News from the Field, December 1996
"I think most people are past the age thing," says Chris Sharma, 15, after another day of hanging from dime-size holds at the Pacific Edge gym in Santa Cruz, California. Well, maybe not everyone. Despite Sharma's impressive streak of seven 5.14 routes in three weeks last summer--a flurry of top-grade climbing unmatched in this country--World Cup officials aren't cutting him any slack. As the international sport-climbing title is decided on the 15th of this month in Graz, Austria, America's top-ranked male climber is still unwelcome. Why? He's underage.
In response, Sharma has adopted a don't-get-mad-get-even approach that will take him to some of the most challenging venues in the western United States just as the World Cup season is building toward its climax. He'll start with a second ascent of Sonora, California's Motherlode, a 5.14a route that's earned a reputation as one of the most difficult in the country, and end with an ascent of Boy's Town, a 5.14b at Texas's Hueco Tanks, the winter training ground for many of the nation's most notable climbers. "I'm bummed I can't compete in the World Cup, because I know I'd have a decent shot," admits Sharma. "But this'll give me more time to see just how hard I can climb."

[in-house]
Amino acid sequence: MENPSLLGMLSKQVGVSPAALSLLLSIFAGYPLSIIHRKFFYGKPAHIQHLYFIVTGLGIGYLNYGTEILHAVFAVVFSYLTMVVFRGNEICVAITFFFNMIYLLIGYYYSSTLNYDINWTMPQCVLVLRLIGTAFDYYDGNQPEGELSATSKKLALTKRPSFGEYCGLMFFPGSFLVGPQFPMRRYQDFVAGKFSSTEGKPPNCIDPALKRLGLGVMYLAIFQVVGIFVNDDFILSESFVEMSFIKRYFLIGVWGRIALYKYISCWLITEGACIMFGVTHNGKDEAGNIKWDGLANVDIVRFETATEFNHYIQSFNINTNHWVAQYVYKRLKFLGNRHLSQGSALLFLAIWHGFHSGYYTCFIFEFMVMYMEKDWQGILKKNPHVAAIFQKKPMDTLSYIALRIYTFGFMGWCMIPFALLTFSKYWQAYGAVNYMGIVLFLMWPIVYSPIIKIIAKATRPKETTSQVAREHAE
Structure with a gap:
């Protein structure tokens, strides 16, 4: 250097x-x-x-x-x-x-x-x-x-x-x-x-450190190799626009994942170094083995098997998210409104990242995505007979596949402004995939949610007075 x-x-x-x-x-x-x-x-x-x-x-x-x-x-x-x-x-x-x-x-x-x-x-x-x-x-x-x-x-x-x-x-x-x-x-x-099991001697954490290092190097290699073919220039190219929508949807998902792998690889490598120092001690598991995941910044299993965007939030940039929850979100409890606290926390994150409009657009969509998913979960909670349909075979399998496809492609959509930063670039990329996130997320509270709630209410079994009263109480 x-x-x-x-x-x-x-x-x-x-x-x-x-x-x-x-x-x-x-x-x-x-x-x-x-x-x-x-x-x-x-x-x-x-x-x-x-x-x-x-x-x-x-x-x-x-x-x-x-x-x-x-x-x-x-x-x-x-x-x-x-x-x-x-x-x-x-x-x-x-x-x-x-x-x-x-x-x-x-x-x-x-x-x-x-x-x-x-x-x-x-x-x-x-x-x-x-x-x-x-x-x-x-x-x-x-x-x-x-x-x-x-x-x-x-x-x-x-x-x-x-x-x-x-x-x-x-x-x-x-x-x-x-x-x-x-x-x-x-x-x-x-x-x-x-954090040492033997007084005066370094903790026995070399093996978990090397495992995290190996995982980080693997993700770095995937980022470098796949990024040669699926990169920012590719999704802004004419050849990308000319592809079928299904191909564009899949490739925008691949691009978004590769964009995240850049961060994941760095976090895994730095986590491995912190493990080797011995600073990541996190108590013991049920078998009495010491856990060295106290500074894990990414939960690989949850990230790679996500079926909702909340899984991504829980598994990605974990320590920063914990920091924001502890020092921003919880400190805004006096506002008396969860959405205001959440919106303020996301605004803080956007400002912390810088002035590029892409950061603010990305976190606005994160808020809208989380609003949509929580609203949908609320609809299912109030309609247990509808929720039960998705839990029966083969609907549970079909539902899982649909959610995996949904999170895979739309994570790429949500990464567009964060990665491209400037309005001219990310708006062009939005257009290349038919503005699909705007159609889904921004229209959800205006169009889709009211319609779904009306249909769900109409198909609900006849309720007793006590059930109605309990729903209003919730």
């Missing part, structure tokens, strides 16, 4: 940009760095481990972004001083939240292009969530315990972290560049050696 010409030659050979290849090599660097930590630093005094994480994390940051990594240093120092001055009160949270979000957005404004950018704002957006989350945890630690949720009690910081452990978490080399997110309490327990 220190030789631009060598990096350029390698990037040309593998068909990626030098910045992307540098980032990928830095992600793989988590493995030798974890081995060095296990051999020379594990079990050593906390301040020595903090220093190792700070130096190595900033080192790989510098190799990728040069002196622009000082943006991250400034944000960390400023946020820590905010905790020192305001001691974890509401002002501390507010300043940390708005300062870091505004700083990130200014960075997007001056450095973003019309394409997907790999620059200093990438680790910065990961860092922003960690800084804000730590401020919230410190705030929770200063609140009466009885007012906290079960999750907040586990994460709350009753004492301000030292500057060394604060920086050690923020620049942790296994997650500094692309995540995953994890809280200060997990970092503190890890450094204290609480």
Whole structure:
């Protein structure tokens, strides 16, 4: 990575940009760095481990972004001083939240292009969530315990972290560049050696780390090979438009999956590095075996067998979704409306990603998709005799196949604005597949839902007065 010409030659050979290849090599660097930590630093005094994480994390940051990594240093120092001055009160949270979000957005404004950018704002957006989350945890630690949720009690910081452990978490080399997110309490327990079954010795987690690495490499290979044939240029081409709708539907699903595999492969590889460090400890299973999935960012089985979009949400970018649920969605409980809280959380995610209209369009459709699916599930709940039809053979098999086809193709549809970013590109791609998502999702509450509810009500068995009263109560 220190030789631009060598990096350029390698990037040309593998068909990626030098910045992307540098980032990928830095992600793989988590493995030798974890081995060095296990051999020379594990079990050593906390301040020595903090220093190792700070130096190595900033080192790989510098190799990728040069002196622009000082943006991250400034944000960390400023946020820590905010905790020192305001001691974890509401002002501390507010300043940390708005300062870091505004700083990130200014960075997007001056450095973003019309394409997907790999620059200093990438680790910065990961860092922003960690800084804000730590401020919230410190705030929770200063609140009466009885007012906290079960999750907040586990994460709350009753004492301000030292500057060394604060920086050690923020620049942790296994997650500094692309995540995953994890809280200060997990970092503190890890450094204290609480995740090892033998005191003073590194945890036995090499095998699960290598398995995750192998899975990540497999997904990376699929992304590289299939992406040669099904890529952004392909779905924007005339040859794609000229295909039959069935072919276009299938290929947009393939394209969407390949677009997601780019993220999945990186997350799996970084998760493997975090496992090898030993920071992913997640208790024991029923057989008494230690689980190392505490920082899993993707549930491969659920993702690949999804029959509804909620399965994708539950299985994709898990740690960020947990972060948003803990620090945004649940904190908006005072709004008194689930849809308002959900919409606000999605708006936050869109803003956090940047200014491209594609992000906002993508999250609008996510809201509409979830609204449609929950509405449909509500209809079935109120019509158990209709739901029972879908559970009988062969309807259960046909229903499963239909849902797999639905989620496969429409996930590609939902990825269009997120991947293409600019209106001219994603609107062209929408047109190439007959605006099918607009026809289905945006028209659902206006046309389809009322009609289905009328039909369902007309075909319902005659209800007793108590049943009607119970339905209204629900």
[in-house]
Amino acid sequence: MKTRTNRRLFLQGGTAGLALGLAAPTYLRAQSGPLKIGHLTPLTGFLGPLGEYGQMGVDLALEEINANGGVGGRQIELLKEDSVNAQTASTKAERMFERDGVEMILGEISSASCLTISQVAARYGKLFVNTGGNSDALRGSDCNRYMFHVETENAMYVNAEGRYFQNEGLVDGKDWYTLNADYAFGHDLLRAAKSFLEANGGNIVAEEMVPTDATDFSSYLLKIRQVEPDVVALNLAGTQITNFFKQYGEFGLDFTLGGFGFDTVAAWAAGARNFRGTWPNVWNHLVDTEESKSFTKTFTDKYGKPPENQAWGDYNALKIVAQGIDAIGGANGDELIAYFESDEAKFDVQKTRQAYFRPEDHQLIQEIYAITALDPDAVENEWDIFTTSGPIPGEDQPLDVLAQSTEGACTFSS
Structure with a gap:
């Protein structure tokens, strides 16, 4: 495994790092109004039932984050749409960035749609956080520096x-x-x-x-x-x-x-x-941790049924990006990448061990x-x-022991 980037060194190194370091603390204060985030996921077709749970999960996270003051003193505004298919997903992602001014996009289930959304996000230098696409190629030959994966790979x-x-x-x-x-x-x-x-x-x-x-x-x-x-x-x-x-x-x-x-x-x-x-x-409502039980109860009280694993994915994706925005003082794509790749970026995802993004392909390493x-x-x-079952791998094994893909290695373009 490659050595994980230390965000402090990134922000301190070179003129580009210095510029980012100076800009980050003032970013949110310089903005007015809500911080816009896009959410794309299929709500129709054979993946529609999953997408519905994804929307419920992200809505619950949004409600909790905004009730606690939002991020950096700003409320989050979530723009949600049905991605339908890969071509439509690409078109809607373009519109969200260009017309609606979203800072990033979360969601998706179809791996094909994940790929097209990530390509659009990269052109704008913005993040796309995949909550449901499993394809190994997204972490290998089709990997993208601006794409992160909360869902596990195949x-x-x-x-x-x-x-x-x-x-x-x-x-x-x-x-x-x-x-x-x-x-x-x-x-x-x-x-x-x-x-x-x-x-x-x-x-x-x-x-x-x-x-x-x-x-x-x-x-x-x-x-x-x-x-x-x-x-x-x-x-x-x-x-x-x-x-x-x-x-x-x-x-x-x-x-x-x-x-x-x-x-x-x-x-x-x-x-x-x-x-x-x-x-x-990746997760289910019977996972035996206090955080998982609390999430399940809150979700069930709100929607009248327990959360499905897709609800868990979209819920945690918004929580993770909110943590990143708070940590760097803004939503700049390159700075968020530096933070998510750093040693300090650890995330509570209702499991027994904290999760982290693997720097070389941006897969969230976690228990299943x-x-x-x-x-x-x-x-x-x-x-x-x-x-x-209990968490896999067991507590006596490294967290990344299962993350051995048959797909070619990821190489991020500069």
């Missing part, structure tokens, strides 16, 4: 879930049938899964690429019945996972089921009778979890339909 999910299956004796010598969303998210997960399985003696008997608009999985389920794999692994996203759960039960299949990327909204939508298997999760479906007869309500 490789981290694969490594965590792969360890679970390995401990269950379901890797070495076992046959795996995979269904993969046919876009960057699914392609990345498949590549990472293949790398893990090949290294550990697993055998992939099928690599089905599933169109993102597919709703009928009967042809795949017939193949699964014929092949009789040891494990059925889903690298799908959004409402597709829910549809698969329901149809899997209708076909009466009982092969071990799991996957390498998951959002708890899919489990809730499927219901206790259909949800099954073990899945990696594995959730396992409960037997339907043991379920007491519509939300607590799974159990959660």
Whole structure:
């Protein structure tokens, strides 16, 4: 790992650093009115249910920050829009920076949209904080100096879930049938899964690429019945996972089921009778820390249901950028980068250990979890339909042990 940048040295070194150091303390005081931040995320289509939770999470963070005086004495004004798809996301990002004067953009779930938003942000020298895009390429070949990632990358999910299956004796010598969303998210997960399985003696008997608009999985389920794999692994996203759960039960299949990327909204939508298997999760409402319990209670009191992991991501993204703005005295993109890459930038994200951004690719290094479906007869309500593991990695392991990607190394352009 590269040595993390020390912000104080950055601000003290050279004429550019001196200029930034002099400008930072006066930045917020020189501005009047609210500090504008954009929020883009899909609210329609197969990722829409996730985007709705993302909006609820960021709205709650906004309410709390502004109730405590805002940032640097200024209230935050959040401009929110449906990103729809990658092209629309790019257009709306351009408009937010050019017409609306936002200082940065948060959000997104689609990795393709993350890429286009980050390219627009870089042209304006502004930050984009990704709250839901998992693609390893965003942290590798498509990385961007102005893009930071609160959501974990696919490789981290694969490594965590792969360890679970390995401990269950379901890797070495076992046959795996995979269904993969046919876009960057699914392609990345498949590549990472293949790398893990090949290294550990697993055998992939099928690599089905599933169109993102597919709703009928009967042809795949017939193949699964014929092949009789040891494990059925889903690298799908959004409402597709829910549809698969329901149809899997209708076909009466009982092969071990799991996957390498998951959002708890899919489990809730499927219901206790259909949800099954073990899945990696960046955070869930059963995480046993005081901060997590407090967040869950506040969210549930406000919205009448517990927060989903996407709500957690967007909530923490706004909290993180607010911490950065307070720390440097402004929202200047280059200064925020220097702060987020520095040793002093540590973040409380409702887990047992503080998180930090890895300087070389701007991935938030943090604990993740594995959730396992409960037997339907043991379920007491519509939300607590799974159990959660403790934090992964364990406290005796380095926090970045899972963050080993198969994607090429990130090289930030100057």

Sharma first made headlines in 1994, only nine months after picking up the sport, and within a year secured the top spot on the men's open circuit with a win at the 1995 National Championships. Last June, he threatened to upstage a field of seasoned international climbers, finishing eighth at the X Games despite spraining a wrist just before the finals. Injury aside, his 5.14 blitzkrieg began less than a month later, starting in Utah with Logan Canyon's Super Tweak, a 60-foot wall averaging 45 degrees of overhang that had been climbed by only three others before him--and never in less than ten days. "When I heard he did it in 48 hours, I knew we were in trouble," says Boone Speed, who made the first ascent of the route. "Watching him, you realize the sport is still in its infancy--literally."
Does this mean the only thing standing between Sharma and big-wall stardom is a learner's permit? Perhaps, though the elite European sport climbers, with their precise footwork and methodical stategies, might disagree. Unconventional by classic standards, Sharma's muscular, explosive climbing style is long on power and short on patience. Still, there's a lot to be said for his
unbridled teenage energy and phenomenal strength. "He has better technique than people give him credit for," says Hans Florine, executive director of the American Sport Climbers Federation, "but most importantly, he just doesn't know what can't be done."
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